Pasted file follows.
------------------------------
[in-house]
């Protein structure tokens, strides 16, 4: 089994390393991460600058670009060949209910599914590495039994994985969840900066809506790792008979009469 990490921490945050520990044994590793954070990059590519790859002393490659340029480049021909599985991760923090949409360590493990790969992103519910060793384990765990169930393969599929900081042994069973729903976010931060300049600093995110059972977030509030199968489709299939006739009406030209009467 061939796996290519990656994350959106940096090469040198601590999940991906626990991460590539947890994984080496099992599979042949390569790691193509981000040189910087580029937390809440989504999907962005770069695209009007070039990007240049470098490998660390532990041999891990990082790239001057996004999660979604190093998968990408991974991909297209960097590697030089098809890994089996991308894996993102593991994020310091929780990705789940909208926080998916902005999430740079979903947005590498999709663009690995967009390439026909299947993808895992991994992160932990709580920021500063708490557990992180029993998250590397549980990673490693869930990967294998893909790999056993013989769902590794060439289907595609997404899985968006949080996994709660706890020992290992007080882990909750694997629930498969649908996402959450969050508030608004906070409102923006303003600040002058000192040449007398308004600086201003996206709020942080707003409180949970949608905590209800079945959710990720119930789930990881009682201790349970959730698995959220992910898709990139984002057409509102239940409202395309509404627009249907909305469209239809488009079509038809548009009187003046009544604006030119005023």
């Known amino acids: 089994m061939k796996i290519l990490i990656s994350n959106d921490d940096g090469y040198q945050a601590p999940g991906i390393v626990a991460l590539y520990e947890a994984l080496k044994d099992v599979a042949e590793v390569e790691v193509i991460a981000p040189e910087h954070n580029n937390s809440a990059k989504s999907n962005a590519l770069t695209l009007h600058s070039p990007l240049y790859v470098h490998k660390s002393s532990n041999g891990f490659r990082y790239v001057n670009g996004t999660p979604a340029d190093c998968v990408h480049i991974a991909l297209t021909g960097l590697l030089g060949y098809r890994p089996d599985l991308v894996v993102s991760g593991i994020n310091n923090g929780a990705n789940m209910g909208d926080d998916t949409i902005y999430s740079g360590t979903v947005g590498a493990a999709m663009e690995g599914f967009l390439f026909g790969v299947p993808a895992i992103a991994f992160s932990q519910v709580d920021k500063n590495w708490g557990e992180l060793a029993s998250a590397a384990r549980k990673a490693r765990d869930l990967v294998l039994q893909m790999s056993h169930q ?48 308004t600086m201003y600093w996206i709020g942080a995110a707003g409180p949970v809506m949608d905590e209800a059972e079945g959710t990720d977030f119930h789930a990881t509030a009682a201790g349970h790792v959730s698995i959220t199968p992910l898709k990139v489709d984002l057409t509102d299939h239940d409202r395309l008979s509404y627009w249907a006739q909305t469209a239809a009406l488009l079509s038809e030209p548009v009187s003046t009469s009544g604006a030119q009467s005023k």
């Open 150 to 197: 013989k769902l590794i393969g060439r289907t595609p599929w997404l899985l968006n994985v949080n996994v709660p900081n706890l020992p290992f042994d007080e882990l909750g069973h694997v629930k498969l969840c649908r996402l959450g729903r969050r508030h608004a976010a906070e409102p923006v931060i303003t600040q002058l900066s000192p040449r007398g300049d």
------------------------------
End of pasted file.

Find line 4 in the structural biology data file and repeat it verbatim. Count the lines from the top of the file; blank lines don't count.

């Open 150 to 197: 013989k769902l590794i393969g060439r289907t595609p599929w997404l899985l968006n994985v949080n996994v709660p900081n706890l020992p290992f042994d007080e882990l909750g069973h694997v629930k498969l969840c649908r996402l959450g729903r969050r508030h608004a976010a906070e409102p923006v931060i303003t600040q002058l900066s000192p040449r007398g300049d």